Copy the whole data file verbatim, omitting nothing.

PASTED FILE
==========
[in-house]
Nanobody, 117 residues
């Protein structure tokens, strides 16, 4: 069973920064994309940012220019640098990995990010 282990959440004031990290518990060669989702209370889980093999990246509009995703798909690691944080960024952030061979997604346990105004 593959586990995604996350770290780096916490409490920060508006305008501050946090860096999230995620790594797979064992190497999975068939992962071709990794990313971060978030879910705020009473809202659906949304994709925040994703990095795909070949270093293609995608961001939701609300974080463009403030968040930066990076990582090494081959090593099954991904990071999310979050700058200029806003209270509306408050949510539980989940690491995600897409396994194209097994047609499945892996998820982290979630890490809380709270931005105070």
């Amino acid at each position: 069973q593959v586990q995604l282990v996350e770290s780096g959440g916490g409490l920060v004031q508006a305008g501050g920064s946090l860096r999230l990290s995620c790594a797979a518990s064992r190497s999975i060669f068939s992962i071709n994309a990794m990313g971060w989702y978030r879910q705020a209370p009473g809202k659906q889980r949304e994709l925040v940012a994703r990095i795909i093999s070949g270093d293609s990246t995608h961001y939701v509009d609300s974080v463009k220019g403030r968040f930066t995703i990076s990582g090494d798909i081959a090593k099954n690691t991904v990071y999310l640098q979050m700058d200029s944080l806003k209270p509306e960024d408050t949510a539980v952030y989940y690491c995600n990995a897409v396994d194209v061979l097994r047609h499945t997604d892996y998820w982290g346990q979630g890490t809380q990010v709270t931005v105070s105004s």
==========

[in-house]
Nanobody, 117 residues
């Protein structure tokens, strides 16, 4: 069973920064994309940012220019640098990995990010 282990959440004031990290518990060669989702209370889980093999990246509009995703798909690691944080960024952030061979997604346990105004 593959586990995604996350770290780096916490409490920060508006305008501050946090860096999230995620790594797979064992190497999975068939992962071709990794990313971060978030879910705020009473809202659906949304994709925040994703990095795909070949270093293609995608961001939701609300974080463009403030968040930066990076990582090494081959090593099954991904990071999310979050700058200029806003209270509306408050949510539980989940690491995600897409396994194209097994047609499945892996998820982290979630890490809380709270931005105070």
């Amino acid at each position: 069973q593959v586990q995604l282990v996350e770290s780096g959440g916490g409490l920060v004031q508006a305008g501050g920064s946090l860096r999230l990290s995620c790594a797979a518990s064992r190497s999975i060669f068939s992962i071709n994309a990794m990313g971060w989702y978030r879910q705020a209370p009473g809202k659906q889980r949304e994709l925040v940012a994703r990095i795909i093999s070949g270093d293609s990246t995608h961001y939701v509009d609300s974080v463009k220019g403030r968040f930066t995703i990076s990582g090494d798909i081959a090593k099954n690691t991904v990071y999310l640098q979050m700058d200029s944080l806003k209270p509306e960024d408050t949510a539980v952030y989940y690491c995600n990995a897409v396994d194209v061979l097994r047609h499945t997604d892996y998820w982290g346990q979630g890490t809380q990010v709270t931005v105070s105004s």